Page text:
Old Joy

21 Dec


22 December 2012, Friday.

Read Christmas Day In The Morning, a jolly holiday tale for the whole family. And get your free Kindle application to boot. On Amazon, visit:
You can also lend it and borrow it. And tomorrow and Sunday it is not $2.99 but free!

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Old Joy – directed by Kelly Reichardt. Drama. After a ten year separation two twenty-eight year olds reunite on a trek to the Oregon woods, and the question is, will they go on being friends? 76 minutes Color 2007.


This is really one of those perfect movies in which the cool temperament of the director is just the right temperature to release in the actors the natural stirrings in them about their characters own lives and how they accord.

I love the leisure of the film. How it moves slowly and respectfully through the Oregon countryside past the Vale Of Ashes outskirts of Portland, through pastureland, and into the deep woods on the way to Bagby Hot Springs. The two are accompanied by Lucy a dog who chaperones them and who is free of past, of restraints, of ambition. For it is the clear intent of one of the men to seduce the other back into the life they led when they were 18, which was careless and carefree. Both parts are played perfectly: Will Oldham plays the balding hippy and Daniel London the soon-to-be-father whose life has become domestic and suburban.

London’s first look at Oldham when they get in the car is one of stern incredulity. Is this guy still spouting the old stuff about everyone running around naked on the beach and getting laid? Has this guy not outgrown his hippy malarkey? No, he has not, but as he tests my patience, I also find patience with him. “I never got into anything I couldn’t get out of,” he says which is just his problem.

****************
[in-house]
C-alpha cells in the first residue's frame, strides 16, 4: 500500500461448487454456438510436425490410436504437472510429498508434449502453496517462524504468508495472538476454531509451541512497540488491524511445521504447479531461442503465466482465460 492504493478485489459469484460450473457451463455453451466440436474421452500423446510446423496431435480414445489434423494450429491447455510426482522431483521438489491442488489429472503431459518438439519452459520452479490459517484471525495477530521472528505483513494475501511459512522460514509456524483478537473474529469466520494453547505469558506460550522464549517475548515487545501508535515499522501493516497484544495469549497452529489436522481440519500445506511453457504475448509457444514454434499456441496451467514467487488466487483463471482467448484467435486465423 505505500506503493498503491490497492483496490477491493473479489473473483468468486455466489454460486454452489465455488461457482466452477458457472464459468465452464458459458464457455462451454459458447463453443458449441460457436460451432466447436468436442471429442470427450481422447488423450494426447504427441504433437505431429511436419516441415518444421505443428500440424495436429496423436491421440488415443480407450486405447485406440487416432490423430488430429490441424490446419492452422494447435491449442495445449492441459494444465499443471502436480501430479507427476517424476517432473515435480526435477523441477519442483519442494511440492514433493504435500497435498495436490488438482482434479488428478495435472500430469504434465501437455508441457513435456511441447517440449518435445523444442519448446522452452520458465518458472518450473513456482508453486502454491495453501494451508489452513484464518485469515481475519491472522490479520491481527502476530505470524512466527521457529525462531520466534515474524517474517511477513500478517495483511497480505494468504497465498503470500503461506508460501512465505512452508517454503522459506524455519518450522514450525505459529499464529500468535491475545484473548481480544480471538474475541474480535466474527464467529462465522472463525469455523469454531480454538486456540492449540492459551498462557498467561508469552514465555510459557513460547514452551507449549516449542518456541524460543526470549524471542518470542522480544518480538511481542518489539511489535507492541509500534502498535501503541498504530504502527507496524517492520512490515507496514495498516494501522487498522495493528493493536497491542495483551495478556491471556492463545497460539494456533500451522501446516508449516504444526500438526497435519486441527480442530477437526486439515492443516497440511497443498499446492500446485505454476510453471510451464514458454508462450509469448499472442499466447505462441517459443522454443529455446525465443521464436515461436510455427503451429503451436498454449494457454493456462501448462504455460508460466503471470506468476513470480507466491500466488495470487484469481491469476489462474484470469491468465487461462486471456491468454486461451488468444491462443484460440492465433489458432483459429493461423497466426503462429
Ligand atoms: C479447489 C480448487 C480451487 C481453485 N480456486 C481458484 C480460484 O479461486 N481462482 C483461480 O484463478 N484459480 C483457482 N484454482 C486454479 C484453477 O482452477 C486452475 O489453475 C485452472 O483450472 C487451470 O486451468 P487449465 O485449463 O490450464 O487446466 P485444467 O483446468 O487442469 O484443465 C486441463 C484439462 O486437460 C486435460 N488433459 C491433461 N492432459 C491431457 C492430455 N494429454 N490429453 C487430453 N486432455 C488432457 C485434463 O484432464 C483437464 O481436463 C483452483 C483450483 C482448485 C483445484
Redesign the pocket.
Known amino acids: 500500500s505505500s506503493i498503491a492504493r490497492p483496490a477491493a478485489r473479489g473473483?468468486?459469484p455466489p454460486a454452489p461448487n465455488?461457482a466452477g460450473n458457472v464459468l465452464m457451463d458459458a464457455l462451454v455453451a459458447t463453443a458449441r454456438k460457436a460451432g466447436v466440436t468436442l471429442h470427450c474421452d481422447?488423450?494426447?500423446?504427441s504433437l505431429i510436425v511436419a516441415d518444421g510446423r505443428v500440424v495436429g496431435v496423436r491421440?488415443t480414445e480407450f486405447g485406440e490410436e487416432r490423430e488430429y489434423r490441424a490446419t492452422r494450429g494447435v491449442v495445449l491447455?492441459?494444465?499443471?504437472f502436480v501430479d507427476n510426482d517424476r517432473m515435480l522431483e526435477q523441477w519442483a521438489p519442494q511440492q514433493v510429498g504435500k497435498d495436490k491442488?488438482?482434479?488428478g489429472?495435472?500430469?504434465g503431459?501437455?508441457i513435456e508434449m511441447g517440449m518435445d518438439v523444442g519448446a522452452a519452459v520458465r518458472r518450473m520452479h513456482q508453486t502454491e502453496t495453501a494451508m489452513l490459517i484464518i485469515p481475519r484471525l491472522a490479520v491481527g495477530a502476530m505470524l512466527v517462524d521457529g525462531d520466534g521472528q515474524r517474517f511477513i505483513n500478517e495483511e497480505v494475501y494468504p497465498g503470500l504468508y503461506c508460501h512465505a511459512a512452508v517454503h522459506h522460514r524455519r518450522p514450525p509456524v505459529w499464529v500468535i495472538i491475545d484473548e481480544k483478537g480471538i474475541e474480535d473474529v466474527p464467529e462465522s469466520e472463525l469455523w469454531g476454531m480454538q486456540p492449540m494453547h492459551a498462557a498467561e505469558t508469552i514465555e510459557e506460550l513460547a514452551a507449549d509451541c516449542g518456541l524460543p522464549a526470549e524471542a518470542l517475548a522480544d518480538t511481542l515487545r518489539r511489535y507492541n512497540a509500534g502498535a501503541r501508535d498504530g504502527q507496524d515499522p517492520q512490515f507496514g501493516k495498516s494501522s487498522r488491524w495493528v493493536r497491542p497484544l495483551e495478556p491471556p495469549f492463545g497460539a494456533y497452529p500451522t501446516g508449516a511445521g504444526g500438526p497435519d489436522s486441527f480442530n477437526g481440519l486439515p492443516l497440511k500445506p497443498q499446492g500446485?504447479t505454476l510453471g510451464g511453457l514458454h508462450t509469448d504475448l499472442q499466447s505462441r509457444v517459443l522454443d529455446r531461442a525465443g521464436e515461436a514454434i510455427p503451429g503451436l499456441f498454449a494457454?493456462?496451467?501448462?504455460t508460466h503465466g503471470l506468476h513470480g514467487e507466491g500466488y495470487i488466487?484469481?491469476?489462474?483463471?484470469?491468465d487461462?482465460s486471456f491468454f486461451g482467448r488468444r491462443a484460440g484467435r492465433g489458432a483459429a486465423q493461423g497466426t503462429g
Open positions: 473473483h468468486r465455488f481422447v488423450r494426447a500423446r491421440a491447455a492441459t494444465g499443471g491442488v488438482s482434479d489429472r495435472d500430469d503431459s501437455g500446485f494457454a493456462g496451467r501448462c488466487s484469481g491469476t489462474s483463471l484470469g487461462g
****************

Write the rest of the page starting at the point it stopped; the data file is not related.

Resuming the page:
Oldham can’t grasp that his friend would want to be a father. But Oldham has marvelous stories to tell, because he has marvelous adventures, whereas his friend, London, has only a pregnant wife, domesticity, and a hard time doing Zen in a poor suburban yard. “The universe is just a tear falling through space,” is Olham’s advanced astronomy, but his friend London doesn’t know the truth that the director allows us to see.

She gives us a world drenched in the passages of life and nature. So I come to sympathize with Oldham, left to wander and mooch. And I sympathize with London, his eyes gleaming with a piece of his life saying farewell to itself. “Sorrow is nothing but worn out joy” – and we see it arrive in both of them, where it belongs, as it must, as personal history outlived.

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